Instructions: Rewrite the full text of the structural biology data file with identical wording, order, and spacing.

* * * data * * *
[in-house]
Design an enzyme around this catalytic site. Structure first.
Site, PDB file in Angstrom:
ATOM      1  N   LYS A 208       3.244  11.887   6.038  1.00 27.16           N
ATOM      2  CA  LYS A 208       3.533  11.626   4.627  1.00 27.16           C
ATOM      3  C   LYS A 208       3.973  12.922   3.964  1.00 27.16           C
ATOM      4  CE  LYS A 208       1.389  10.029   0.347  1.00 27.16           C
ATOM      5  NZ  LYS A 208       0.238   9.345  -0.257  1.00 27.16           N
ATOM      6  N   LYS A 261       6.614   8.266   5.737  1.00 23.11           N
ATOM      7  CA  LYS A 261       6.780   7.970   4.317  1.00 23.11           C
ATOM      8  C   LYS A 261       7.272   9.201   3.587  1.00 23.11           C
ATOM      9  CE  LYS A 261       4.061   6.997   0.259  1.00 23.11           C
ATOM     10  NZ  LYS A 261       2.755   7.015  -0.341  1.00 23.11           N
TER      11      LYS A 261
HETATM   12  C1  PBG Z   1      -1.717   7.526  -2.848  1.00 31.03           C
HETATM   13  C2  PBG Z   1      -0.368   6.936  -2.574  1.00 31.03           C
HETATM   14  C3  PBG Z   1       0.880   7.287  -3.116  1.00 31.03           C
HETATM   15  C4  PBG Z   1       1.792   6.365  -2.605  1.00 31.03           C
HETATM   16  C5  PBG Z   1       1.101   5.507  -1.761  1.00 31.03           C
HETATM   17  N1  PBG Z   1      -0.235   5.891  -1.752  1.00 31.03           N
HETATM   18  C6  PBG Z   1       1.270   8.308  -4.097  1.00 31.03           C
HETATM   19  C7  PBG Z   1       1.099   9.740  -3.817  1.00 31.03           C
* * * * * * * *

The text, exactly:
[in-house]
Design an enzyme around this catalytic site. Structure first.
Site, PDB file in Angstrom:
ATOM      1  N   LYS A 208       3.244  11.887   6.038  1.00 27.16           N
ATOM      2  CA  LYS A 208       3.533  11.626   4.627  1.00 27.16           C
ATOM      3  C   LYS A 208       3.973  12.922   3.964  1.00 27.16           C
ATOM      4  CE  LYS A 208       1.389  10.029   0.347  1.00 27.16           C
ATOM      5  NZ  LYS A 208       0.238   9.345  -0.257  1.00 27.16           N
ATOM      6  N   LYS A 261       6.614   8.266   5.737  1.00 23.11           N
ATOM      7  CA  LYS A 261       6.780   7.970   4.317  1.00 23.11           C
ATOM      8  C   LYS A 261       7.272   9.201   3.587  1.00 23.11           C
ATOM      9  CE  LYS A 261       4.061   6.997   0.259  1.00 23.11           C
ATOM     10  NZ  LYS A 261       2.755   7.015  -0.341  1.00 23.11           N
TER      11      LYS A 261
HETATM   12  C1  PBG Z   1      -1.717   7.526  -2.848  1.00 31.03           C
HETATM   13  C2  PBG Z   1      -0.368   6.936  -2.574  1.00 31.03           C
HETATM   14  C3  PBG Z   1       0.880   7.287  -3.116  1.00 31.03           C
HETATM   15  C4  PBG Z   1       1.792   6.365  -2.605  1.00 31.03           C
HETATM   16  C5  PBG Z   1       1.101   5.507  -1.761  1.00 31.03           C
HETATM   17  N1  PBG Z   1      -0.235   5.891  -1.752  1.00 31.03           N
HETATM   18  C6  PBG Z   1       1.270   8.308  -4.097  1.00 31.03           C
HETATM   19  C7  PBG Z   1       1.099   9.740  -3.817  1.00 31.03           C